Tuesday, June 19, 2012

Beware of the Experts—They Often Have an Axe to Grind Part VI


Continuing with Sorenson’s presentation to students at Brigham Young University at the Second Biennial Willes Center Book of Mormon Lecture, Sept 8, 2011, in the BYU Hinckley Center Assembly Hall, Sorenson’s statements follow his name, and our comments follow “Response."

Sorenson: “Minor slips of hand could result in misreadings."

Response:  This might be true if Sorenson or other professors (LDS or not) were to try and read Mormon’s writings; however, it was a prophet of God, guided by the spirit, using Divine interpretative means, that did the interpretation—it would be irresponsible for the Spirit to say that an incorrect translation, or incorrect meaning was acceptable as Joseph Smith translated the plates.

Sorenson: “They had difficulty obtaining information far from capital."

Response:  An interesting thought. The capital, being the city of Zarahemla, is not the focal point of most of the information in the Book of Mormon. We know of Zeniff, Noah, Limhi; we know of battles and wars fought along the seashores, including in the Land of Bountiful; we know of the destruction and the Lord’s visit far from Zarahemla, etc., etc., etc.

Sorenson: “The record depended on rumors from merchants, etc."
Response:  Nowhere, it seems, is there any indication of any “rumors” being delivered in the narrative, or even any information given that would have come from merchants, etc. We know the story of Alma and his wanderings because of his first hand reports. We know of the wanderings of Ammon because of first hand reports. We know of Captain Moroni’s battles, Teancum’s victories, and of the dissident Coriantumr’s murders and taking over the Lamanite armies, etc., all from first hand reports. We know of Christ’s advent in the Land of Bountiful from first hand reports. Exactly what “rumors” is Sorenson referring to?
Captain Moroni and Helaman
 
Sorenson:  “Captain Moroni only got information from other parts of the war when Helaman sent him letters."

Response:  This is obviously the way wars are fought. Those on the front lines report to higher authority in the background who are overseeing the entire battle front, not just one portion of it. However, the point made her by Sorenson is ridiculous. Helaman reported what he saw and what he did regarding the battles in which he fought with his Stripling Warriors. Moroni then reported these battles to the head of government. This is not seen as a problem today, nor should be conclude that it was in Book of Mormon days, even though communication was slower.

Sorenson: “Records and events often recorded from memory."

Response:  This is such an outlandish statement that it hardly deserves comment other than for those who buy into Sorenson’s ridiculous ideas. When Nephi sat down to record on what we call the Small Plates of Nephi, he had his father’s full record before him and also he had his own record up to that point before him (2 Nephi 4:14). He also wrote things from the Plates of Brass onto his plates (2 Nephi 4:15), and the events he participated in and how he felt (2 Nephi 15). It might  be argued that Jarom to Abinadom were written from memory later in life, but all the other records we have were written in the first person, or by reports from first person accounts.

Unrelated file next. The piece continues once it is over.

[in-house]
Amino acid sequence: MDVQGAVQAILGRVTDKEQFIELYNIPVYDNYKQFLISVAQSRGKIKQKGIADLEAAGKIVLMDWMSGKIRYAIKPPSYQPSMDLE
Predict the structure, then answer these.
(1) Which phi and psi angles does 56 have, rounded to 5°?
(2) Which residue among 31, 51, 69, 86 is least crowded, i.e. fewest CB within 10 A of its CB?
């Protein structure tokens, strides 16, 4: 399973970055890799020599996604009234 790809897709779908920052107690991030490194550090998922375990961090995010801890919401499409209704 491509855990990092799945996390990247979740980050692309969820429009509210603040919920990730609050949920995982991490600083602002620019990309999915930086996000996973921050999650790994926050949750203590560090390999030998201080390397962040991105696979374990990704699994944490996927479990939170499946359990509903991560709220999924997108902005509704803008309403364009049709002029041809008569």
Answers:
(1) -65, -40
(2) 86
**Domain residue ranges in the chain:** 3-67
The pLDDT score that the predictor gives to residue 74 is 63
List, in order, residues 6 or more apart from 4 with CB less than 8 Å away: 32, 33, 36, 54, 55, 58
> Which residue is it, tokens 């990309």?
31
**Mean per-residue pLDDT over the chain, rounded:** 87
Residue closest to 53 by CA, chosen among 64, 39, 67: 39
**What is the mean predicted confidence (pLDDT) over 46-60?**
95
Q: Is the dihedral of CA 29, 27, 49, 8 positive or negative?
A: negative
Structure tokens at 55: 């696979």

Sorenson: “There were the Plates of Zeniff."

Response:  While there is no mention of a Zeniff record, Zeniff plates, Plates of Zeniff, Record of Zeniff, when Limhi reached Zarahemla, he had with him their records, plus the records of the Jaredites (Mosiah 22:14). We can assume Zeniff started a record, but have no way of knowing this. It seems obvious Noah would not have created a record of his doings. So all we know is that Limhi had a record of his people.

Sorenson: “Ether's history of the Jaredites.

Response:  We often make this mistake of referring to the Jaredite record as Ether’s history of the Jaredites. In fact, that history was undoubtedly begun by the Brother of Jared, who was shown the history of the world (Ether 3:22), and he also wrote some things that were not to be revealed (Ether 3:22-24). In addition, we know the Jaredites had a record of the Creation, and from the time of Adam (Ether 1:3-4). The record begins from the Tower down until they were destroyed (Ether 1:5). Now Moroni says, “He that wrote this record was Ether, and he was a descendant of Coriantor” (Ether 1:6), but Moroni also told us of the great ability witrh words that the Brother of Jared had. From this it would appear that the record of the Jaredites had been a compilation of numerous writers of the Jaredites from the time of the Tower down to Ether. Of course, it is also possible that Ether had condensed the entire history from the Creation down to his time from other writings, or, the 24 gold plates continued on ongoing record, such as the Plates of Nephi, written by different authors during that period. In this case, Moroni abridged those histories as his father, Mormon, did of the Nephite records. We call it the Book of Ether, since he was the last to write in the Jaredite record, but more accurately should propably be referred to as the History & Destruction of the Jaredites.

(See the next post, “Beware of the Experts—They Often Have an Axe to Grind PartVI” for more of Sorenson’s statements during the Second Biennial Willes Center Book of Mormon Lecture, Sept 8, 2011, in the BYU Hinckley Center Assembly Hall)

1 comment:

  1. Del, I must insist that we most certainly can know if Zeniff kept a record! Mosiah 9:1 begins with "I, Zeniff....!"

    Sorenson comes up with some real whoppers, but this is one whopper you definitely get to chalk up to yourself. :)

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